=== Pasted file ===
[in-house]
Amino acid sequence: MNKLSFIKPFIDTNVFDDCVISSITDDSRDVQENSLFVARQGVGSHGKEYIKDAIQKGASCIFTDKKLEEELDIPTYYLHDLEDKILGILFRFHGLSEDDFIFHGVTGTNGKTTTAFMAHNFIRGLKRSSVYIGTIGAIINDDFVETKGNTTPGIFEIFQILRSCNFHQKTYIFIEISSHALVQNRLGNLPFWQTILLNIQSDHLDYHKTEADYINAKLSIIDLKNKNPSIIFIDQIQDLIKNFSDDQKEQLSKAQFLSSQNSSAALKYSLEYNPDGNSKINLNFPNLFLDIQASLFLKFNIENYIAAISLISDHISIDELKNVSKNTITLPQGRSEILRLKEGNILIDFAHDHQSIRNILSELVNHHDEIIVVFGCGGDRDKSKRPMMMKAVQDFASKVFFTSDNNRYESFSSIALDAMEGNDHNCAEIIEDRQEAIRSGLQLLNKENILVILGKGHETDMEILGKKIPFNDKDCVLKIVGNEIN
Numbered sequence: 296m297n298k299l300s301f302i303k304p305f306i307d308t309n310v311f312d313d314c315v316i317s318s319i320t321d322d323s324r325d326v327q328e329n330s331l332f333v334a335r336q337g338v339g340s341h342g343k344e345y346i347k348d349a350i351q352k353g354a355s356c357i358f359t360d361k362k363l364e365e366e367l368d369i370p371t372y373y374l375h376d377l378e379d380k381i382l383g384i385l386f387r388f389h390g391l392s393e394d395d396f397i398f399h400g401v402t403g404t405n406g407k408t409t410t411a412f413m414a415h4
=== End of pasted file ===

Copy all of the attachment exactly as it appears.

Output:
[in-house]
Amino acid sequence: MNKLSFIKPFIDTNVFDDCVISSITDDSRDVQENSLFVARQGVGSHGKEYIKDAIQKGASCIFTDKKLEEELDIPTYYLHDLEDKILGILFRFHGLSEDDFIFHGVTGTNGKTTTAFMAHNFIRGLKRSSVYIGTIGAIINDDFVETKGNTTPGIFEIFQILRSCNFHQKTYIFIEISSHALVQNRLGNLPFWQTILLNIQSDHLDYHKTEADYINAKLSIIDLKNKNPSIIFIDQIQDLIKNFSDDQKEQLSKAQFLSSQNSSAALKYSLEYNPDGNSKINLNFPNLFLDIQASLFLKFNIENYIAAISLISDHISIDELKNVSKNTITLPQGRSEILRLKEGNILIDFAHDHQSIRNILSELVNHHDEIIVVFGCGGDRDKSKRPMMMKAVQDFASKVFFTSDNNRYESFSSIALDAMEGNDHNCAEIIEDRQEAIRSGLQLLNKENILVILGKGHETDMEILGKKIPFNDKDCVLKIVGNEIN
Numbered sequence: 296m297n298k299l300s301f302i303k304p305f306i307d308t309n310v311f312d313d314c315v316i317s318s319i320t321d322d323s324r325d326v327q328e329n330s331l332f333v334a335r336q337g338v339g340s341h342g343k344e345y346i347k348d349a350i351q352k353g354a355s356c357i358f359t360d361k362k363l364e365e366e367l368d369i370p371t372y373y374l375h376d377l378e379d380k381i382l383g384i385l386f387r388f389h390g391l392s393e394d395d396f397i398f399h400g401v402t403g404t405n406g407k408t409t410t411a412f413m414a415h4